Eriksen collapse: is football demanding too much of players?
Denmark's midfielder Christian Eriksen collapsed in the 43rd minute of the European Championship match against Finland and had to be resuscitated. Faced with the choice of continuing the game or postponing it to the next day, the teams decided to restart the match once Eriksen's condition had stabilised in hospital. For Europe's press, the incident raises several questions.
Uefa should have protected players
European football's governing body put unwarranted pressure on the Danish players when they were in a state of shock, Politiken fumes:
“Uefa should have stepped forward and formed a ring around the players just as the players shielded Christian Eriksen. Instead they were forced to continue playing, on the basis of protocols guaranteeing that suspended matches are quickly resumed. Only after a completely pointless game were the players driven back to their hotel, where they spent the night with crisis counsellors. Uefa brushed off the criticism, arguing that everything had been done according to the rules. ... It said that postponing a match was all but impossible. It said that postponing a match is all but impossible. And, it added, it's also not so nice to disappoint the rights holders who paid billions for the broadcasting rights.”
Exploitation takes its toll
The physical strain that results from players having to play more and more matches is an ongoing issue in top-level football. Something has to change here, Magyar Hang insists:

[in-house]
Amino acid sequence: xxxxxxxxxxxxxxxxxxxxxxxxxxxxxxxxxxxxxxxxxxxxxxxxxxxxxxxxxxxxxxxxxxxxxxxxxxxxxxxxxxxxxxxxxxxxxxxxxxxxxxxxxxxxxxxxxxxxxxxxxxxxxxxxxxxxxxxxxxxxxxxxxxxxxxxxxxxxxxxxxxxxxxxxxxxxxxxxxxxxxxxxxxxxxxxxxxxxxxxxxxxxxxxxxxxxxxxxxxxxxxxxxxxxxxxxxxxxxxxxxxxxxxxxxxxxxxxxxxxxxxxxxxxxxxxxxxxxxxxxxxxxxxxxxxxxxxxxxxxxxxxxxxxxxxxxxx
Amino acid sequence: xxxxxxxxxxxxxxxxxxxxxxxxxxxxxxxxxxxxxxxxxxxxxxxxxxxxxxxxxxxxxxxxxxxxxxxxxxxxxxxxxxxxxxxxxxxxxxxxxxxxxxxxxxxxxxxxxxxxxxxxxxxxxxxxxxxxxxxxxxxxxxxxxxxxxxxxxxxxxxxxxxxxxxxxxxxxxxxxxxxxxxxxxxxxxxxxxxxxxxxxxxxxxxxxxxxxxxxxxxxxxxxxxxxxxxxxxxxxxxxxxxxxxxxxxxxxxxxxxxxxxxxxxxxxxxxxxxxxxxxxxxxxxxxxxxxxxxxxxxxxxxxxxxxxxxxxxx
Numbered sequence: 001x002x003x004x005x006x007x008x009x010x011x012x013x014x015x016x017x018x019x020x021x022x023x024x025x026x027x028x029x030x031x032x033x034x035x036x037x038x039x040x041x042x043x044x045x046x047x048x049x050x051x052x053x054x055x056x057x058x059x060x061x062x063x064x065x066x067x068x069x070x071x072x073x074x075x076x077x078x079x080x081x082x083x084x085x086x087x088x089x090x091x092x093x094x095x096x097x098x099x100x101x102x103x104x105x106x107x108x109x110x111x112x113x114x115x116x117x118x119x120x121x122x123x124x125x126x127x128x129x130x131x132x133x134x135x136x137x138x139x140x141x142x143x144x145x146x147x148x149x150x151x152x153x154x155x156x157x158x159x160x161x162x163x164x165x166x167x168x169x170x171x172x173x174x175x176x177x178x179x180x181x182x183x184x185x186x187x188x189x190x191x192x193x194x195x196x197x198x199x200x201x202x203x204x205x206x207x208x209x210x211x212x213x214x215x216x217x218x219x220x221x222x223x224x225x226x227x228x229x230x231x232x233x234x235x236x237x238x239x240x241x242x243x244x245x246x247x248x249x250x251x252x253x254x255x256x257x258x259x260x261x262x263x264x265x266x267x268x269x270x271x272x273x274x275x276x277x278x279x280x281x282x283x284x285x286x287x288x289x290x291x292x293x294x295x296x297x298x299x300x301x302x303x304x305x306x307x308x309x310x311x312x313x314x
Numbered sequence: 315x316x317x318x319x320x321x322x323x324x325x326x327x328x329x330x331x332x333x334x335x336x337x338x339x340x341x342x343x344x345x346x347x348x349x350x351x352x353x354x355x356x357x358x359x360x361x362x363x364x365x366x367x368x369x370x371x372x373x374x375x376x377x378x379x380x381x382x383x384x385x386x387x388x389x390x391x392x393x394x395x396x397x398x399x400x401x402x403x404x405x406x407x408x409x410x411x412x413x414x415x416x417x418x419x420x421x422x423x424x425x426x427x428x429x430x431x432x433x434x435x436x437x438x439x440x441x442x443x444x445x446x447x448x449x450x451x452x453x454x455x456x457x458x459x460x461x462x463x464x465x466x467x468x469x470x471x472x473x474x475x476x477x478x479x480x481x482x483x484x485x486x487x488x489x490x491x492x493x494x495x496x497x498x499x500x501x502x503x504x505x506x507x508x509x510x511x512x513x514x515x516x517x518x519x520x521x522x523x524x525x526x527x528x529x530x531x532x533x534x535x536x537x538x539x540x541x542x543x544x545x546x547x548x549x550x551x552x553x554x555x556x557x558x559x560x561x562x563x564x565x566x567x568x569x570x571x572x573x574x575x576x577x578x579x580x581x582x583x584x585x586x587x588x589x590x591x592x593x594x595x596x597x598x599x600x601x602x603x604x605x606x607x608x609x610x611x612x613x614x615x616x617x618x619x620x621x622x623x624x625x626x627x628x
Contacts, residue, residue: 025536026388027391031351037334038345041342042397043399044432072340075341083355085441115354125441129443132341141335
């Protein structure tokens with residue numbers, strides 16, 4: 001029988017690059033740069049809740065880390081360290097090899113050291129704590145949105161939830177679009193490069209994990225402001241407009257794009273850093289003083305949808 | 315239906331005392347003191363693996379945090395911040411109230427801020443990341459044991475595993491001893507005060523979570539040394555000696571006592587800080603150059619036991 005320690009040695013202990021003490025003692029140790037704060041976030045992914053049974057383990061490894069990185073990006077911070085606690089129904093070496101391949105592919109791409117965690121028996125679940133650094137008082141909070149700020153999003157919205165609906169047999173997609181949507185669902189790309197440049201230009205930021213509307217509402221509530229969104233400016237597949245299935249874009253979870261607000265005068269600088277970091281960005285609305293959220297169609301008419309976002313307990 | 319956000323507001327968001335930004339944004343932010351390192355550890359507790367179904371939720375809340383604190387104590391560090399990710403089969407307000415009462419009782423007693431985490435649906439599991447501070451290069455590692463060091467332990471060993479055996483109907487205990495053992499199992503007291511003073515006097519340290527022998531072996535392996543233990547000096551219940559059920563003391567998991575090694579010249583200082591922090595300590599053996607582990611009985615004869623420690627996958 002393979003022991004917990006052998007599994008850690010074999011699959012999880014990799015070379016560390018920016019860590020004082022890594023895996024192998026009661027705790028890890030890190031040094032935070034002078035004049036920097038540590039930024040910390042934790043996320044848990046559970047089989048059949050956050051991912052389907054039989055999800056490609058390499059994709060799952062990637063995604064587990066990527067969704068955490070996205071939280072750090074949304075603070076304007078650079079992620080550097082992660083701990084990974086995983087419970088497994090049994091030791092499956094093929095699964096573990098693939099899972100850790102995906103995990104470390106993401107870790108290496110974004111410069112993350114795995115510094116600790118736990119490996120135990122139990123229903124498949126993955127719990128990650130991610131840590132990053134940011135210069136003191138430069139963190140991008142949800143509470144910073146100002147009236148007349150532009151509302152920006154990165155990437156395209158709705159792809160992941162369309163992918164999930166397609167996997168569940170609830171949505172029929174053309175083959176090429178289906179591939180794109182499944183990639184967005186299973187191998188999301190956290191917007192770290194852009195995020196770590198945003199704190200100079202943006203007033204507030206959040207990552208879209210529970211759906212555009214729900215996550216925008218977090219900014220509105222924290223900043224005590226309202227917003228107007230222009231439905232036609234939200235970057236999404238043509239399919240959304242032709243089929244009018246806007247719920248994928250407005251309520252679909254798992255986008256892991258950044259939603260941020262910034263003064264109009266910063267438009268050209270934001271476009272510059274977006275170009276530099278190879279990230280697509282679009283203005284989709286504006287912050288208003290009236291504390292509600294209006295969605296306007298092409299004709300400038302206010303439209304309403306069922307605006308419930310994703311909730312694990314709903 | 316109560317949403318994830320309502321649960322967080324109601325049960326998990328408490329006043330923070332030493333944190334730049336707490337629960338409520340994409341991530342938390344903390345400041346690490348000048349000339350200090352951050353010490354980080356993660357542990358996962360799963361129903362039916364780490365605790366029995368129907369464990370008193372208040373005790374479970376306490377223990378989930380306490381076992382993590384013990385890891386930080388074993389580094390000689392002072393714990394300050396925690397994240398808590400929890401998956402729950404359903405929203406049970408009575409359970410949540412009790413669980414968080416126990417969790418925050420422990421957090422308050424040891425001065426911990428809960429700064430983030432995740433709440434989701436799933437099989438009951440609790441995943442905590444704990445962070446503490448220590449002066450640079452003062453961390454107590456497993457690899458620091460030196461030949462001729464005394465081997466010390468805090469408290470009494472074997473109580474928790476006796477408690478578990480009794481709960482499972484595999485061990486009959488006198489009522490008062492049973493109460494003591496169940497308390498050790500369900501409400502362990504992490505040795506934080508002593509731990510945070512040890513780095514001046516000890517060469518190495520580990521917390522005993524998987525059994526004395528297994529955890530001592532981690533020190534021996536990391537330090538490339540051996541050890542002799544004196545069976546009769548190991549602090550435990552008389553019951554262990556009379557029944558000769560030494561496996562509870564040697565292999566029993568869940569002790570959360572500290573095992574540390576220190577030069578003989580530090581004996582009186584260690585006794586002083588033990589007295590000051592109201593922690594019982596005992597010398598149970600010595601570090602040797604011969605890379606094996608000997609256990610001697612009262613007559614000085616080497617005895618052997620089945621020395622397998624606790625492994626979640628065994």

“The Eriksen case will probably raise the question once more of how to prevent such a tragedy from happening to players who are being pushed to the limit. Why could this not be avoided, despite all the modern technology and permanent medical supervision? And really, what point is there in exploiting the players more and more like this?”
Highlighting the importance of first aid
Denmark's team captain Simon Kjaer pulled Eriksen's tongue out of his throat to ensure it did not block his airway. De Morgen calls for measures to ensure that there is always someone on the pitch who can take swift action in such cases:
“There is little point in relying even more on health screenings. But making first aid and resuscitation a priority is all the more vital. When someone suffers a cardiac arrest, it's important to intervene as quickly as possible. Not only on the football pitch, but also in daily life. ... Heart specialists are calling for first aid courses to be promoted at youth and sports clubs. So that more future football captains know what to do if one of their players suddenly collapses.”